MANILA, July 29 (Mabuhay) — The Philippines announced its first case of monkeypox on Friday, nearly a week after the World Health Organization declared the infectious disease a global health emergency.

The case was detected in a 31-year-old Filipino who arrived from abroad last July 19, according to Health Undersecretary Beverly Ho, who serves as the Department of Health’s alternate spokesperson.

The patient, who had prior travel histories in countries with documented monkeypox cases, was tested and confirmed positive for monkeypox via RT-PCR on July 28, Ho said.

“Case has been discharged well and is undergoing strict isolation and monitoring at home,” she told reporters.

Ten close contacts, with 3 in the same household, were identified with no symptoms so far, Ho added.

The DOH earlier said it was ready to detect the virus and was looking into procuring smallpox vaccines that also work against monkeypox.

The agency will have to secure compassionate special permit for the jabs as the law only allows granting of emergency use authorization to COVID-19 vaccines.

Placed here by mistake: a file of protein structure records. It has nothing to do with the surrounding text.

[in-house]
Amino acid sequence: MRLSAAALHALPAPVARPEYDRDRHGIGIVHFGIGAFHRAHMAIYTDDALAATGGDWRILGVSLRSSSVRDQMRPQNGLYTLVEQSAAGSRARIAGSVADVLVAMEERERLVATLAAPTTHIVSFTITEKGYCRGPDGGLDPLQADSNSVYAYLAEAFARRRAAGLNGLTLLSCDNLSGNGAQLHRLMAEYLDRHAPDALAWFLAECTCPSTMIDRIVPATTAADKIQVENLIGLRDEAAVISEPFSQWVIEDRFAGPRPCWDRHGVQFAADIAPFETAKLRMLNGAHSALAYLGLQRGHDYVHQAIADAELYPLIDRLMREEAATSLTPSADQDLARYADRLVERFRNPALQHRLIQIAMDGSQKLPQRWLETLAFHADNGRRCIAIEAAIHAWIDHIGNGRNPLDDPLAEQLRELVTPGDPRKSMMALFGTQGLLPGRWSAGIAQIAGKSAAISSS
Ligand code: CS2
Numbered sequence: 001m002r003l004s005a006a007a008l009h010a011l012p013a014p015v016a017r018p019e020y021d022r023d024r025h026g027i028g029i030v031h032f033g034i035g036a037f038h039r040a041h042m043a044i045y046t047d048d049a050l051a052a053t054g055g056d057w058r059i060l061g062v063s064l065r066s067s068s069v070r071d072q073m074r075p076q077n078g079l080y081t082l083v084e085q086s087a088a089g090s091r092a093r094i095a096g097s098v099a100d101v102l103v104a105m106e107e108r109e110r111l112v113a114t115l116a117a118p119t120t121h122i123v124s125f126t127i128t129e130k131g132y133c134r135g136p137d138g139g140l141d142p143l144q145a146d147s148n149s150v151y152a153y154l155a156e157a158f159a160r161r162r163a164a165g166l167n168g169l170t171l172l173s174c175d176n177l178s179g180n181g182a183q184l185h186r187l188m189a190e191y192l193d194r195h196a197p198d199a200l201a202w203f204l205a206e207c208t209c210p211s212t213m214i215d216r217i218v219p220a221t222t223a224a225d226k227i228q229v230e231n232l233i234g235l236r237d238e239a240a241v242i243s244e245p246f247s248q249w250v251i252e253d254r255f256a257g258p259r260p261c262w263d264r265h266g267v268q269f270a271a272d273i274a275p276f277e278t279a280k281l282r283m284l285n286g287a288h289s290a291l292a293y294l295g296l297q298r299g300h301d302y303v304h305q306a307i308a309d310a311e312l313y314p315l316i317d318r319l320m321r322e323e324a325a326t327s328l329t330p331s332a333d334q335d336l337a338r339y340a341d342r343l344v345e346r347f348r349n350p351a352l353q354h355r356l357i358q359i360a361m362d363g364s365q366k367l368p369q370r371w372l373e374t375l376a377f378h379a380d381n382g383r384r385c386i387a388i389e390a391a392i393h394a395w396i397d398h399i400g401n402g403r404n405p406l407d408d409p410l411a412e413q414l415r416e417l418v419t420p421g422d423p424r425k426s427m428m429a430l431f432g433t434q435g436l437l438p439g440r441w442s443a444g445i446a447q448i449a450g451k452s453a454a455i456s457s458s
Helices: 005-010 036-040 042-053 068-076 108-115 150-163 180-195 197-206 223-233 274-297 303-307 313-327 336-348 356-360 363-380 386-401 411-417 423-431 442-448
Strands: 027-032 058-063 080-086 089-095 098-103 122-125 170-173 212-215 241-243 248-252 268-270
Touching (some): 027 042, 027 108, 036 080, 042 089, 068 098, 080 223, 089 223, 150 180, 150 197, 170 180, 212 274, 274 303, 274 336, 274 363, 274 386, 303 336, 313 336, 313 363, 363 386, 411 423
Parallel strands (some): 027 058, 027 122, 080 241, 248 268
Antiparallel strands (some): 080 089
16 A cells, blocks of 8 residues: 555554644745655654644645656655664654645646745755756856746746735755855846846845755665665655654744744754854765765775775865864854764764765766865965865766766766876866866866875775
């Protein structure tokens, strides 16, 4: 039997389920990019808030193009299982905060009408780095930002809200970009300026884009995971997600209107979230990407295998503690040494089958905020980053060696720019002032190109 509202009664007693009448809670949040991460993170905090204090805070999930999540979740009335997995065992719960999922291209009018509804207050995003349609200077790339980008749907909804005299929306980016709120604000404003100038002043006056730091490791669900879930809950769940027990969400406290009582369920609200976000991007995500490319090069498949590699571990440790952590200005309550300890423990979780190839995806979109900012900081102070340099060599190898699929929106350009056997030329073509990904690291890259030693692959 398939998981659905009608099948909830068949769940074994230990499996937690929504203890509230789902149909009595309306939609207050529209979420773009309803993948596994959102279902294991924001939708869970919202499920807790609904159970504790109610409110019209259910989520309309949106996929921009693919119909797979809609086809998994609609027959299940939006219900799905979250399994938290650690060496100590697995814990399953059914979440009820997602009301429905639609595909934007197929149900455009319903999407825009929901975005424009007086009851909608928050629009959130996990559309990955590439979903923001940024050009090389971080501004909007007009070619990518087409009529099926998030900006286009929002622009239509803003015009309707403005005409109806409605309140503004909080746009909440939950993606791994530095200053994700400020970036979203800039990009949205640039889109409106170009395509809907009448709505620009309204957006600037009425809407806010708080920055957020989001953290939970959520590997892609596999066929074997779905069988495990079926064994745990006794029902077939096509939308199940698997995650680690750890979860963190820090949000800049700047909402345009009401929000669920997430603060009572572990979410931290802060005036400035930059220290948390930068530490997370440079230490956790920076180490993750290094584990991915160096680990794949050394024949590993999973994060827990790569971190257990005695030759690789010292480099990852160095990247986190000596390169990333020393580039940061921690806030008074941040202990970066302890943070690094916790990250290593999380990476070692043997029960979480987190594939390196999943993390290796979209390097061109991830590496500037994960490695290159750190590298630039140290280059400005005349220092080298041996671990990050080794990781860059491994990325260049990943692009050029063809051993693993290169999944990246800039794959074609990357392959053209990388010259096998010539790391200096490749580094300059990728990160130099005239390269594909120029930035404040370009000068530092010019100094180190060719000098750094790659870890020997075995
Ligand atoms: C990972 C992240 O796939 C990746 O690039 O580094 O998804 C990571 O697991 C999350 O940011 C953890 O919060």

A surge in monkeypox infections has been reported since early May outside the West and Central African countries where the disease has long been endemic.

WHO chief Tedros Adhanom Ghebreyesus said Wednesday that more than 18,000 cases of monkeypox have now been reported to WHO from 78 countries, with 70 percent of cases reported in Europe and 25 percent in the Americas.

Five deaths have been reported in the outbreak since May, and around 10 percent of those infected end up in hospital to manage the pain, he said.

The first symptoms of monkeypox can include a fever, headaches, sharp muscle pains, fatigue, a rash, as well as swollen and painful lymph nodes.

Around 1 to 3 days after the appearance of a fever, a rash can turn into painful, fluid-filled skin lesions. After a few days or weeks, the lesions or sores turn into scabs, before falling off.  (MNS)

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